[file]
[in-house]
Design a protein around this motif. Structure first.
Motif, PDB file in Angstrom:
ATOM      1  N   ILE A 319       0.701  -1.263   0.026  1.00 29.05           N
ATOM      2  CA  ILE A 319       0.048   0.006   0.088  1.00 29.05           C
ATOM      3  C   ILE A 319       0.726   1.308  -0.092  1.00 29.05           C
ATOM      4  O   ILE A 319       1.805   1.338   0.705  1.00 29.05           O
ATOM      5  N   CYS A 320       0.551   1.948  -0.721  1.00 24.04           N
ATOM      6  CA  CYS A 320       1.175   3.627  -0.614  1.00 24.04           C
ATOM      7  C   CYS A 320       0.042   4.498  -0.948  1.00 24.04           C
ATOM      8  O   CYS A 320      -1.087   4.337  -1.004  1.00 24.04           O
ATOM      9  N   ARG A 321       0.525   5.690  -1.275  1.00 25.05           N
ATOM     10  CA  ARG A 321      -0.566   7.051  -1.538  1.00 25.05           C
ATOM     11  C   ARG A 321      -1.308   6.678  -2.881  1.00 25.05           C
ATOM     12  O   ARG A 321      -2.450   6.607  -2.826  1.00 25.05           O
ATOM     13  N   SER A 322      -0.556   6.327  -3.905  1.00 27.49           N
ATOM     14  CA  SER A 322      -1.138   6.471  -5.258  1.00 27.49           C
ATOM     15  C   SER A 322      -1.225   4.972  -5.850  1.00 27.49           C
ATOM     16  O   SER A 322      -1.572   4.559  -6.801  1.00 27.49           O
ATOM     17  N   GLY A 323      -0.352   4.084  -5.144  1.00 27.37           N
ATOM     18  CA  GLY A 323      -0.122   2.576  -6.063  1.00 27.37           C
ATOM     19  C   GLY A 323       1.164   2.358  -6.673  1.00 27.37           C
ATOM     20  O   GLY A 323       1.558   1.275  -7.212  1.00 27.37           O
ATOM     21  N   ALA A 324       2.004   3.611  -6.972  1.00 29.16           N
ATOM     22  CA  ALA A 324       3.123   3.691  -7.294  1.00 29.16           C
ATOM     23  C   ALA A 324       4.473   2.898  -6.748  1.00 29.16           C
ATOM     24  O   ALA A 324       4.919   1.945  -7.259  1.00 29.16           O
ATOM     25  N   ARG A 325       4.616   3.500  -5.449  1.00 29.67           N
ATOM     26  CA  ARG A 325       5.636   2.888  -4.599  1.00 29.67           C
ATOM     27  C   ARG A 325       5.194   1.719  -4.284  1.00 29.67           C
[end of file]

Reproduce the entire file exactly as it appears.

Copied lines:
[in-house]
Design a protein around this motif. Structure first.
Motif, PDB file in Angstrom:
ATOM      1  N   ILE A 319       0.701  -1.263   0.026  1.00 29.05           N
ATOM      2  CA  ILE A 319       0.048   0.006   0.088  1.00 29.05           C
ATOM      3  C   ILE A 319       0.726   1.308  -0.092  1.00 29.05           C
ATOM      4  O   ILE A 319       1.805   1.338   0.705  1.00 29.05           O
ATOM      5  N   CYS A 320       0.551   1.948  -0.721  1.00 24.04           N
ATOM      6  CA  CYS A 320       1.175   3.627  -0.614  1.00 24.04           C
ATOM      7  C   CYS A 320       0.042   4.498  -0.948  1.00 24.04           C
ATOM      8  O   CYS A 320      -1.087   4.337  -1.004  1.00 24.04           O
ATOM      9  N   ARG A 321       0.525   5.690  -1.275  1.00 25.05           N
ATOM     10  CA  ARG A 321      -0.566   7.051  -1.538  1.00 25.05           C
ATOM     11  C   ARG A 321      -1.308   6.678  -2.881  1.00 25.05           C
ATOM     12  O   ARG A 321      -2.450   6.607  -2.826  1.00 25.05           O
ATOM     13  N   SER A 322      -0.556   6.327  -3.905  1.00 27.49           N
ATOM     14  CA  SER A 322      -1.138   6.471  -5.258  1.00 27.49           C
ATOM     15  C   SER A 322      -1.225   4.972  -5.850  1.00 27.49           C
ATOM     16  O   SER A 322      -1.572   4.559  -6.801  1.00 27.49           O
ATOM     17  N   GLY A 323      -0.352   4.084  -5.144  1.00 27.37           N
ATOM     18  CA  GLY A 323      -0.122   2.576  -6.063  1.00 27.37           C
ATOM     19  C   GLY A 323       1.164   2.358  -6.673  1.00 27.37           C
ATOM     20  O   GLY A 323       1.558   1.275  -7.212  1.00 27.37           O
ATOM     21  N   ALA A 324       2.004   3.611  -6.972  1.00 29.16           N
ATOM     22  CA  ALA A 324       3.123   3.691  -7.294  1.00 29.16           C
ATOM     23  C   ALA A 324       4.473   2.898  -6.748  1.00 29.16           C
ATOM     24  O   ALA A 324       4.919   1.945  -7.259  1.00 29.16           O
ATOM     25  N   ARG A 325       4.616   3.500  -5.449  1.00 29.67           N
ATOM     26  CA  ARG A 325       5.636   2.888  -4.599  1.00 29.67           C
ATOM     27  C   ARG A 325       5.194   1.719  -4.284  1.00 29.67           C